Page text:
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CAUT Bulletin Archives

December 2000

Deregulation at Queen's

Undergraduate students at Queen's University have overwhelmingly rejected the deregulation of arts and science tuition fees. In a campus-wide referendum that saw a record-breaking 45 per cent voter turnout, nearly 92 per cent of students instructed the Arts and Sciences Undergraduate Society to strongly oppose the deregulation of tuition fees.

Universities Are 'Crumbling' Manley Admits

Former Industry Minister John Manley says the biggest challenge now facing the federal government is how to rebuild a "crumbling" post-secondary education system.

Nipissing Signs Majority of Contract Staff

The Nipissing University Faculty Association (NUFA) signed 65 per cent of contract academic staff members and filed an application for certification with the Ontario Labour Relations Board in late November.

Trent University Moves Ahead with College Closure Despite Protests

Peter Robinson College will close as early as next summer, Trent University President Bonnie Patterson told a packed forum on campus Nov. 16. Trent intends to relocate the college on to the Symons campus as part of its Build 2000 initiative.

Student Coalition Fights Plan to Hike Tuition at Queen's University

As the end of the first academic term draws near, university students across the country are struggling to meet deadlines and complete assignments. Meanwhile, students at Queen's University are engaged in another struggle — the struggle to defend their right to accessible and affordable post-secondary education.

International Coalition Builds Strong Ties

In early November when dele-gates to the 5th Tri-National Conference for the Defense of Public Education were informed of the recent faculty association strike at Memorial University of Newfoundland support was instantaneous and well articulated.

Future is Invented, Not Predicted

When I reflect on the progress of biomedical science in the past century, I think of scientists as generations of hunter-gatherers. The first two decades of the 20th century were dominated by the microbe hunters. They found the microbes responsible for the dreaded scourges of tuberculosis, cholera, diphtheria. But there remained terrible diseases for which no microbe could be found: scurvy, pellagra, rickets. These diseases proved to be due to the absence of trace substances in the diet, called vitamins. And so in the 1920s and 1930s, the microbe hunters were succeeded by a generation of vitamin hunters.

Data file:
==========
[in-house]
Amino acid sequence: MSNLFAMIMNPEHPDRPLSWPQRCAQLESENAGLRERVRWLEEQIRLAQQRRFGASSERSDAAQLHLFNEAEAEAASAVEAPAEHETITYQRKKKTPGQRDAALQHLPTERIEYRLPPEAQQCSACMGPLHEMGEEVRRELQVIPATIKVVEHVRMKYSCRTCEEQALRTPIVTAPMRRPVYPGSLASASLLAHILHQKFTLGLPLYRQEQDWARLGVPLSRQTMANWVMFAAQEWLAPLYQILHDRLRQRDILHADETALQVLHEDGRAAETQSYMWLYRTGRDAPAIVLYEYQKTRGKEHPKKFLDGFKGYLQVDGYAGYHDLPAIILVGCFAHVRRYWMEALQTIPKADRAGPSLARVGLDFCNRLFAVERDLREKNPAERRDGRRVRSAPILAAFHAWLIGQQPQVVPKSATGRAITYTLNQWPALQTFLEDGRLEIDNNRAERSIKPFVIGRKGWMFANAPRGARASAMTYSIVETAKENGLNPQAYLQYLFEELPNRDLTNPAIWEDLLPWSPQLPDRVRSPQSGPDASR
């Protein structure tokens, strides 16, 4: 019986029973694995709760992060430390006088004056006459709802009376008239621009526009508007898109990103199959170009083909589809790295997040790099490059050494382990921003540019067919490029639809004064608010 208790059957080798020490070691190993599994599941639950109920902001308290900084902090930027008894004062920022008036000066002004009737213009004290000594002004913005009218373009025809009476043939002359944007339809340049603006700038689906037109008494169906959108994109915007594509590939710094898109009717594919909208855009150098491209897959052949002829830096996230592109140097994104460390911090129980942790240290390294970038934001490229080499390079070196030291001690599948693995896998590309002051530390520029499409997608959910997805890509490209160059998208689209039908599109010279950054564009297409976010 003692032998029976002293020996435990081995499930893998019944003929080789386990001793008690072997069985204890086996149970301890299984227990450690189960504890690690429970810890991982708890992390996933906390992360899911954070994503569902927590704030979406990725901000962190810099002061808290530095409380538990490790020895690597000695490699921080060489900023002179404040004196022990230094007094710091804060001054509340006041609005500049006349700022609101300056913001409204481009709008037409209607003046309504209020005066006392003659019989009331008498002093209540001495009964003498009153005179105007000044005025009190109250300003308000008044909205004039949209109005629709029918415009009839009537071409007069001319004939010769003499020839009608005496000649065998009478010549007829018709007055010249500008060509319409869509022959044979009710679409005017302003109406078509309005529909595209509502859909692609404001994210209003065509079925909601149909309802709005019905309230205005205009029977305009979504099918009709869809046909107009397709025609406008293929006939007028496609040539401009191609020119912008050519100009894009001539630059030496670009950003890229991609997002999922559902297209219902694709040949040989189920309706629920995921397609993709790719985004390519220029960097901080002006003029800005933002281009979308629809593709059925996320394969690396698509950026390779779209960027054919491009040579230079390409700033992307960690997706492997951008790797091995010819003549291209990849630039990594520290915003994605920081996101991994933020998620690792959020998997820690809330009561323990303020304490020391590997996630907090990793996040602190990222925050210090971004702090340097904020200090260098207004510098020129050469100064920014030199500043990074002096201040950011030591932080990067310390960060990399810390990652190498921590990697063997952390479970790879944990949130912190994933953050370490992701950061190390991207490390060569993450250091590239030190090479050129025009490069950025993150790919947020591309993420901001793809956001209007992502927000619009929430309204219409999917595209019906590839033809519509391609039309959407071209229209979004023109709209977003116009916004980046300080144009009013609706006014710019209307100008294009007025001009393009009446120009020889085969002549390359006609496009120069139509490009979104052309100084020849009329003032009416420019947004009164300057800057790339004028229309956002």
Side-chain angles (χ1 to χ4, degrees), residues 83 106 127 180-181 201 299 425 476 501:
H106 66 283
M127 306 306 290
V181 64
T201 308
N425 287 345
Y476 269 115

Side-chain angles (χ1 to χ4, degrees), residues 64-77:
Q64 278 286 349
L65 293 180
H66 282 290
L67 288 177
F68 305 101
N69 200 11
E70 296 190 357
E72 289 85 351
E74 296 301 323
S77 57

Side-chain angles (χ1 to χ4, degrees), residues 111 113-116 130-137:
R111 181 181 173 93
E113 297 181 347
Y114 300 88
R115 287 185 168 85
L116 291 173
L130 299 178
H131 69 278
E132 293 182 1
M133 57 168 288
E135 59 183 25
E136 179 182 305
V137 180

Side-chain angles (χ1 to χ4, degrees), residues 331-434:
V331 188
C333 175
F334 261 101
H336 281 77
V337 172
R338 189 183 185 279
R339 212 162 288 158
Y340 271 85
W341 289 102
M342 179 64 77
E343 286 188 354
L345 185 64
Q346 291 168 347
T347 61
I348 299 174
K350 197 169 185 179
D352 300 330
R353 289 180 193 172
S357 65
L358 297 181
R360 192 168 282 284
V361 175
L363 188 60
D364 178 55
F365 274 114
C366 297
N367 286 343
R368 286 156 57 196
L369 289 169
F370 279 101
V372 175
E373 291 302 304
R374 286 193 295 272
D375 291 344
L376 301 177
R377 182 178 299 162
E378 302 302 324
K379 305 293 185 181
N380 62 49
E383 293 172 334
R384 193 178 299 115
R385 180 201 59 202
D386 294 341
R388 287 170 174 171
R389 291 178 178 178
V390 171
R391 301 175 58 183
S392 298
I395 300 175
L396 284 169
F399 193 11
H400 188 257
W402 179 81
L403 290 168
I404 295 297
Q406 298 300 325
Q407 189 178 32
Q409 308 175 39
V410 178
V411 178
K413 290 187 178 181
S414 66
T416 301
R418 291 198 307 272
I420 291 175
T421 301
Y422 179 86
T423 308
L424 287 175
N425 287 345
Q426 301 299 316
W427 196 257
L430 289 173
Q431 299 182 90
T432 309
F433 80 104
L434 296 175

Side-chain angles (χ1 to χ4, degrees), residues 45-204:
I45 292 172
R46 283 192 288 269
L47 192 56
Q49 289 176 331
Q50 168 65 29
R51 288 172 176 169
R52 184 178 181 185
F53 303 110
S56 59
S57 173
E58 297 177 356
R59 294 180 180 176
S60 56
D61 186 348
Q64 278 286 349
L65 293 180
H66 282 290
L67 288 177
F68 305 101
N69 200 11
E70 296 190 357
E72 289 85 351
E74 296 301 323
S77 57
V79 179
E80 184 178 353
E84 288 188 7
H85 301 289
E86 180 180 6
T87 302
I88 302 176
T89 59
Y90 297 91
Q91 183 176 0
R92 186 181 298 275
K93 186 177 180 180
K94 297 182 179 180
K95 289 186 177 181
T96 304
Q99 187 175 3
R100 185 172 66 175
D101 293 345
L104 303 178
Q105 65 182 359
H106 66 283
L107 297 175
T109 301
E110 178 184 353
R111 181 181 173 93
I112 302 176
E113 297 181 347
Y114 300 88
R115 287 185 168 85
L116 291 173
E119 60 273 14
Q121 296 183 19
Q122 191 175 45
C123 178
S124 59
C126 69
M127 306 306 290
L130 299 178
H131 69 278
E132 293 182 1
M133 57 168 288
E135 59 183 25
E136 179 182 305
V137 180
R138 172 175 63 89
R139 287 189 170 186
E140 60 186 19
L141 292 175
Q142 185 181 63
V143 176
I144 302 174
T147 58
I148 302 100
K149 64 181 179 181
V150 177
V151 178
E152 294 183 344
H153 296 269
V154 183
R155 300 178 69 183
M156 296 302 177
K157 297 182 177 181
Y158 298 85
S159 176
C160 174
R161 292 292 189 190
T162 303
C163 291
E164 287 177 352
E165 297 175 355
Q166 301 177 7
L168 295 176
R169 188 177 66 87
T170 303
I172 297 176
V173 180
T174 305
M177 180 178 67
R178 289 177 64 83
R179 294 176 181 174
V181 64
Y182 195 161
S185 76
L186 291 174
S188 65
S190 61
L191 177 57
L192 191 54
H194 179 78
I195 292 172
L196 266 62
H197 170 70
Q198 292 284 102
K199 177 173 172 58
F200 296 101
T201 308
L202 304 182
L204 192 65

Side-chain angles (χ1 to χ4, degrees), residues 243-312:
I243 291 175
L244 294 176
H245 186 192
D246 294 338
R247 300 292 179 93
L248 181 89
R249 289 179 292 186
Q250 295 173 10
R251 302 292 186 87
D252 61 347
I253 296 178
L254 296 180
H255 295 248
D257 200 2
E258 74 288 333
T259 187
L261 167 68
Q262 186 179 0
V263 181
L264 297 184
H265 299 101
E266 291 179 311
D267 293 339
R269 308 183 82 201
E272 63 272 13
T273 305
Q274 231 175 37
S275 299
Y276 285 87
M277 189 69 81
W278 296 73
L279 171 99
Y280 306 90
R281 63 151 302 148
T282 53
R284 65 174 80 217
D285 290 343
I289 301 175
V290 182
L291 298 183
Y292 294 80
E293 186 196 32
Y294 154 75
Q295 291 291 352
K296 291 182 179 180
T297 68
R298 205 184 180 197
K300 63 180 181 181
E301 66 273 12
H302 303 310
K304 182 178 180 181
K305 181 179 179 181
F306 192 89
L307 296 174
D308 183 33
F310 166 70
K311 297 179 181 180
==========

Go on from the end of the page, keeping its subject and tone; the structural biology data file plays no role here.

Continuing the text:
York Staff on Strike

More than 2,000 members of CUPE local 3903, representing graduate, research and teaching assistants as well as contract faculty at York University have been on strike since Oct. 26.

National Party Reps Debate Post-Secondary Education Issues

Just days before the federal election, representatives of the four main national parties made a last minute pitch to CAUT Council delegates during a roundtable debate on post-secondary education.


The College Institute Educators' Association of BC, a provincial union representing faculty and staff at British Columbia's university-colleges, community colleges and institutes, was welcomed into CAUT membership at CAUT's November Council meeting

Council Adopts Policy on Contract Academic Staff

Delegates to CAUT's 49th Council meeting in November voted overwhelmingly to adopt a policy statement asserting the right of all academic staff to fair and equitable treatment regardless of their employment status

New Associate Member Categories

Now, graduate students and part-time academic staff members can join CAUT as individual associate members at reduced rates

New Policies & Model Clauses

CAUT Council has approved new policy statements on academic appointments and discipline, as well as four new model clauses

Susan Sherwin Wins Notable Sarah Shorten Award

Susan Sherwin, a pioneer for the study of women's health, has been awarded CAUT's Sarah Shorten Award for 2000. Lauded as a "trail blazer" and a "fearless, deeply-committed feminist" Dr. Sherwin was presented with the 10th annual award during a special ceremony held in conjunction with the November CAUT Council meeting in Ottawa.

Acts of Memory - The Legacy of the Montreal Massacre

It has been 11 years since the massacre of 14 young Canadian women. On Dec. 6, 1989, a killer walked into classrooms at the University of Montreal's École Polytechnique, ordered the men to leave, and fired his automatic weapons at every woman in sight. Because they were women. Because he thought women should not be allowed the same education as men. Because successful women were "feminists," and he shouted "I hate feminists" as he targeted his victims.

Gun Control Under Control?

One of the legacies of the Montreal massacre in 1989 was Canada's new gun control law. The students, faculty and administration of École Polytechnique, the families of the victims, and groups from across the country joined to advocate for stricter laws.

Victory at Memorial

Faculty and librarians were back on the job at Memorial University on Nov

CAUT Education Courses

Collective Bargaining

Third Term Majority Government for Jean Chrétien's Liberals

Jean Chrétien's Liberals captured their third consecutive majority government by sweeping Ontario and regaining seats in Atlantic Canada and Quebec, but it's a win that leaves the country sharply divided along regional lines and gives the Liberals an unclear mandate.